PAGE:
To inject liquidity to a pool, simply choose a pool from the list and click on Deposit. A deposit interface will appear with different coins to deposit. The protocol rewards you with a deposit bonus if you provide liquidity to the cryptocurrency with the lowest balance. In this example, DAI.
There are two ways of depositing: normal deposit, and stake & gauge, which stakes your tokens without lock-up periods, so you can unstake them whenever you wish to. This option allows you to earn CRV tokens as reward, but you still receive a portion of trading fees.
Curve vs. Balancer
Both Curve and Balancer work as decentralized exchanges and AMMs with rebalancing mechanisms. The main difference between the two is that Curve uses stablecoins and wrapped versions of Bitcoin and Ethereum.
When a user deposits a DAI to a USDT/DAI pool, then the pool becomes unbalanced since the DAI balance is bigger than USDT. The protocol then sells DAI at a slight discount in regards to USDT to balance the USDT to DAI ratio. In this example, volatility and impermanent loss are minimized since the protocol is working with stablecoins.
On the other hand, users deposit two or more cryptocurrencies into a Balancer liquidity pool wanting to maximize returns with the inherent risk of volatility. Balancer pools can be composed of up to eight cryptocurrencies, while Curve pools usually host three stablecoins.
The CRV Token & Ways to Earn Yield by Staking, Vote Locking, and Voting
CRV is an ERC-20 token that has three main uses:
- Staking: users lock up CRV to earn trading fees from the Curve protocol. The general APY is 4%
- Vote locking: locking up CRV for a specific period and receiving vote-escrowed CRV (veCRV), which are tokens that give users voting power and a boost of up to 2.5x on the liquidity they provide to Curve’s liquidity pools.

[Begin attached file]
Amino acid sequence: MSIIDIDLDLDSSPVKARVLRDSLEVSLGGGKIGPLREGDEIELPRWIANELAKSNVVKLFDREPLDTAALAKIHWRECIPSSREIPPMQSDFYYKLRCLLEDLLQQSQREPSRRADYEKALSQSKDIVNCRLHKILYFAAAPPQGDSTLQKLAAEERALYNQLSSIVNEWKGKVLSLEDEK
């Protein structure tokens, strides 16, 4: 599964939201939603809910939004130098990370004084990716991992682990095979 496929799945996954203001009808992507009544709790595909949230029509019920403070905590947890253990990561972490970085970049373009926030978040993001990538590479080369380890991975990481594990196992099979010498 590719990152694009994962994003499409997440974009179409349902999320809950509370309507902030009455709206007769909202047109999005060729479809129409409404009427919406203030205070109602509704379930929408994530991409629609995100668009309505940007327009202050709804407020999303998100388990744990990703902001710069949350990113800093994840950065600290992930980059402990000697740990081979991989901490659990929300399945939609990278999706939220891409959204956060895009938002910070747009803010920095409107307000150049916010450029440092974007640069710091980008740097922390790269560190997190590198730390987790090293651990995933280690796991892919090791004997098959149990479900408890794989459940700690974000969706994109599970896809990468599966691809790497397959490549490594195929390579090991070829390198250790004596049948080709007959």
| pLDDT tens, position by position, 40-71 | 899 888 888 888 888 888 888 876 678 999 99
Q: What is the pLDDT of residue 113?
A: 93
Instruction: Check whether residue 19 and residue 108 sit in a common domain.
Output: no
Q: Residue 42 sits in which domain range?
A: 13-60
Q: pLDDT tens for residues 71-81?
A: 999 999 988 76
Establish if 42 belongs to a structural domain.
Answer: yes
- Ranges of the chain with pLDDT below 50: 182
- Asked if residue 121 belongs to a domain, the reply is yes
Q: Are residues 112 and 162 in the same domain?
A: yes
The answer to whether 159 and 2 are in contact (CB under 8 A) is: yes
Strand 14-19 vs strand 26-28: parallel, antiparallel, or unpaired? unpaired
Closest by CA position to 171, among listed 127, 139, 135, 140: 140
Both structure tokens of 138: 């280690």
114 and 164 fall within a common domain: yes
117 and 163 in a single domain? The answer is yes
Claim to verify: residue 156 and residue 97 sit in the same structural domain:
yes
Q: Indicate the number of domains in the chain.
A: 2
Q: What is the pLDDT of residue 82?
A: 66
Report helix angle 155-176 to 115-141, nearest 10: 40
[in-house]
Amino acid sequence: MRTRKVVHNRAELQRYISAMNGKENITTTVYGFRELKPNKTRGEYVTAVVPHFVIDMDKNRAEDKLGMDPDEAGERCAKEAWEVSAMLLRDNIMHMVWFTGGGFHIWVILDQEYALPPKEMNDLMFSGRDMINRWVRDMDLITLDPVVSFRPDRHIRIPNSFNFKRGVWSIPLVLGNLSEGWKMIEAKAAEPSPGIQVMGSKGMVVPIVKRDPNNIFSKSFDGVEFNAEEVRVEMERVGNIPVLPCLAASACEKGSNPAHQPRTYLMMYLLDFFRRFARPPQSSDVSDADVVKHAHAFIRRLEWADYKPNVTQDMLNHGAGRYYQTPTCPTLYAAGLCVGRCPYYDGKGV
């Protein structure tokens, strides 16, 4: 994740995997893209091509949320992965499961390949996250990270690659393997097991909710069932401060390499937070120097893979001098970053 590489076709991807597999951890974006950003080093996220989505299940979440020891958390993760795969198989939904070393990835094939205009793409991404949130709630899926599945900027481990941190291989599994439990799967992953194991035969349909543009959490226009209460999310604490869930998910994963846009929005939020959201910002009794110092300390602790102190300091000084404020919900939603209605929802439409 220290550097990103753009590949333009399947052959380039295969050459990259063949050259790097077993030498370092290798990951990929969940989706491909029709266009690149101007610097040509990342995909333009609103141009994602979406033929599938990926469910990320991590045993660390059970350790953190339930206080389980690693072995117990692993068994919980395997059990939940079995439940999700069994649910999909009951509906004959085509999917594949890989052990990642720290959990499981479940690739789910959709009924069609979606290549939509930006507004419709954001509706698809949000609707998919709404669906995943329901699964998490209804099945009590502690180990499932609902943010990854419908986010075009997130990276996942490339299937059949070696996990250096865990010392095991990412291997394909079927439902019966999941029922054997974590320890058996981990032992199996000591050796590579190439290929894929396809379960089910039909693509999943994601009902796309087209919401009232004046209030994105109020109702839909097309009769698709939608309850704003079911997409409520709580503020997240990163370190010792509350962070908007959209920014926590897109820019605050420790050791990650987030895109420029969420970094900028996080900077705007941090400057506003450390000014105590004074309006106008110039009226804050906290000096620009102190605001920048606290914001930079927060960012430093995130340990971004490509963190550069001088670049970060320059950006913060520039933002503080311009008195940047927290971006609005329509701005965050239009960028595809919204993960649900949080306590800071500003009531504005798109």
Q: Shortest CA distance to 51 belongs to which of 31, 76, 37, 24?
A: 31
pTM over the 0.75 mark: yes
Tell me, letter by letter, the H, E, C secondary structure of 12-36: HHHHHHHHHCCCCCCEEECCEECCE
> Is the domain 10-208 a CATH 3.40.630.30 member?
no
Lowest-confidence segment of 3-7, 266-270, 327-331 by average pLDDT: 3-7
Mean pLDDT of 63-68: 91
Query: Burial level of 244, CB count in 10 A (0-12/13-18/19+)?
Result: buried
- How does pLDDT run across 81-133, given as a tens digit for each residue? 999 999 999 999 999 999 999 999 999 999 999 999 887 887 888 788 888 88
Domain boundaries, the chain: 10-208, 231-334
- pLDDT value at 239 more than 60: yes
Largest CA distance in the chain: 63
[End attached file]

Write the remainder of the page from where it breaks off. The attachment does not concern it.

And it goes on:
- Voting: The Curve DAO is where users vote on network parameter changes or submit their own proposals.
The CRV initial supply is 1.3 billion tokens, and the total supply is capped at 3.03 billion tokens.
The distribution of CRV is as follows:
- 30% to the development team and investors
- 60% to liquidity providers
- 5% to pre-CRV liquidity providers, 1-year vesting
- 5% to the community reserve
Curve’s Main Competitors
Balancer: a self-balancing asset management platform that works similarly to a traditional index fund but with decentralized features. Its pools are divided into public, private, and smart categories and can accommodate up to eight cryptocurrencies.
PancakeSwap: a DEX built on top of the Binance Smart Chain (BSC), and supports other networks such as Ethereum and Aptos. It also integrates a marketplace where users can list, buy, sell and trade non-fungible tokens (NFTs)
Osmosis: a popular DEX and development platform built on the Cosmos blockchain, allowing users to transact cryptocurrencies through different blockchains and to build Web3 applications using SDK and other developer resources.
Curve’s Founding Team
Michael Egorov created Curve in January 2020. Before Curve, he created and led NuCypher and LoanCoin. However, details about the development team are scarce, so no one really knows in-depth who else worked on the creation of Curve.
Curve is one of the largest automated market makers (AMM) by market cap, sitting at the fourth spot with a market cap of over $510 million, according to CoinGecko.
Final Thoughts: Ahead of the Curve
Yield farming is a popular practice in the DeFi space, where liquidity providers look to put their tokens to work by depositing them into liquidity pools. But in DeFi, with great APY comes great risk, such as volatility, impermanent loss, price crashes, platform meltdown, and even hacks.
Therefore, since Curve favors stability over volatility, those who want to jump in on the crazy world of yield farming but have a lower appetite for risks can find Curve as a practical option to starting point.